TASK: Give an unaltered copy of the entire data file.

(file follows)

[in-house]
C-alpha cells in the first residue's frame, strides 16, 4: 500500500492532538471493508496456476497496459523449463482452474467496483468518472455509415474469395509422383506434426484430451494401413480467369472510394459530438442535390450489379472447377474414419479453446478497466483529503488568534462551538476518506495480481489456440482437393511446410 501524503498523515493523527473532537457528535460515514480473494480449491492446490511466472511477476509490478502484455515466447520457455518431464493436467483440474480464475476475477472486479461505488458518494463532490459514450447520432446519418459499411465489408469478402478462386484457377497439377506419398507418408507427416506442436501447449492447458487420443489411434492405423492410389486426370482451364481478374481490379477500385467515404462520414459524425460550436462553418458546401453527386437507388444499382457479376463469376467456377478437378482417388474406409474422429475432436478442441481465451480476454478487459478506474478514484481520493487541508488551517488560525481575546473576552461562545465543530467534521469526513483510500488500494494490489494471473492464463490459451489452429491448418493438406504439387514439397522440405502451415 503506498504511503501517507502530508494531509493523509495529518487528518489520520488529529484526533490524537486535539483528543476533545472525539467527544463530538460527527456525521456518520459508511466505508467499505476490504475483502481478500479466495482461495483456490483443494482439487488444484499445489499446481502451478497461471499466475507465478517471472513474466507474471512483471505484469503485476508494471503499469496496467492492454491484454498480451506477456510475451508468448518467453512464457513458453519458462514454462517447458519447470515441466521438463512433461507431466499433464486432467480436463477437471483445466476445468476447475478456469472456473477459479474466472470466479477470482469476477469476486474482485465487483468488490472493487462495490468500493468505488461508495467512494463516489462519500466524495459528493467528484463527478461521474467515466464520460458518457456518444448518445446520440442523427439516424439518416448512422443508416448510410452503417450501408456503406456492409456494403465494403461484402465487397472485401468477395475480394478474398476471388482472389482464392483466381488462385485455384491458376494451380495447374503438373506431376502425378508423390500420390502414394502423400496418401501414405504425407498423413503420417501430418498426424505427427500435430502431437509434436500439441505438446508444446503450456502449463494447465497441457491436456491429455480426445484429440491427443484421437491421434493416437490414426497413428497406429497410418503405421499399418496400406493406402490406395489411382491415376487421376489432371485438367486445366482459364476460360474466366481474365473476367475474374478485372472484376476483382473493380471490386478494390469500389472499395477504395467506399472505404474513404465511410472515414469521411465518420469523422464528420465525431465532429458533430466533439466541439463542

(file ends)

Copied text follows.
[in-house]
C-alpha cells in the first residue's frame, strides 16, 4: 500500500492532538471493508496456476497496459523449463482452474467496483468518472455509415474469395509422383506434426484430451494401413480467369472510394459530438442535390450489379472447377474414419479453446478497466483529503488568534462551538476518506495480481489456440482437393511446410 501524503498523515493523527473532537457528535460515514480473494480449491492446490511466472511477476509490478502484455515466447520457455518431464493436467483440474480464475476475477472486479461505488458518494463532490459514450447520432446519418459499411465489408469478402478462386484457377497439377506419398507418408507427416506442436501447449492447458487420443489411434492405423492410389486426370482451364481478374481490379477500385467515404462520414459524425460550436462553418458546401453527386437507388444499382457479376463469376467456377478437378482417388474406409474422429475432436478442441481465451480476454478487459478506474478514484481520493487541508488551517488560525481575546473576552461562545465543530467534521469526513483510500488500494494490489494471473492464463490459451489452429491448418493438406504439387514439397522440405502451415 503506498504511503501517507502530508494531509493523509495529518487528518489520520488529529484526533490524537486535539483528543476533545472525539467527544463530538460527527456525521456518520459508511466505508467499505476490504475483502481478500479466495482461495483456490483443494482439487488444484499445489499446481502451478497461471499466475507465478517471472513474466507474471512483471505484469503485476508494471503499469496496467492492454491484454498480451506477456510475451508468448518467453512464457513458453519458462514454462517447458519447470515441466521438463512433461507431466499433464486432467480436463477437471483445466476445468476447475478456469472456473477459479474466472470466479477470482469476477469476486474482485465487483468488490472493487462495490468500493468505488461508495467512494463516489462519500466524495459528493467528484463527478461521474467515466464520460458518457456518444448518445446520440442523427439516424439518416448512422443508416448510410452503417450501408456503406456492409456494403465494403461484402465487397472485401468477395475480394478474398476471388482472389482464392483466381488462385485455384491458376494451380495447374503438373506431376502425378508423390500420390502414394502423400496418401501414405504425407498423413503420417501430418498426424505427427500435430502431437509434436500439441505438446508444446503450456502449463494447465497441457491436456491429455480426445484429440491427443484421437491421434493416437490414426497413428497406429497410418503405421499399418496400406493406402490406395489411382491415376487421376489432371485438367486445366482459364476460360474466366481474365473476367475474374478485372472484376476483382473493380471490386478494390469500389472499395477504395467506399472505404474513404465511410472515414469521411465518420469523422464528420465525431465532429458533430466533439466541439463542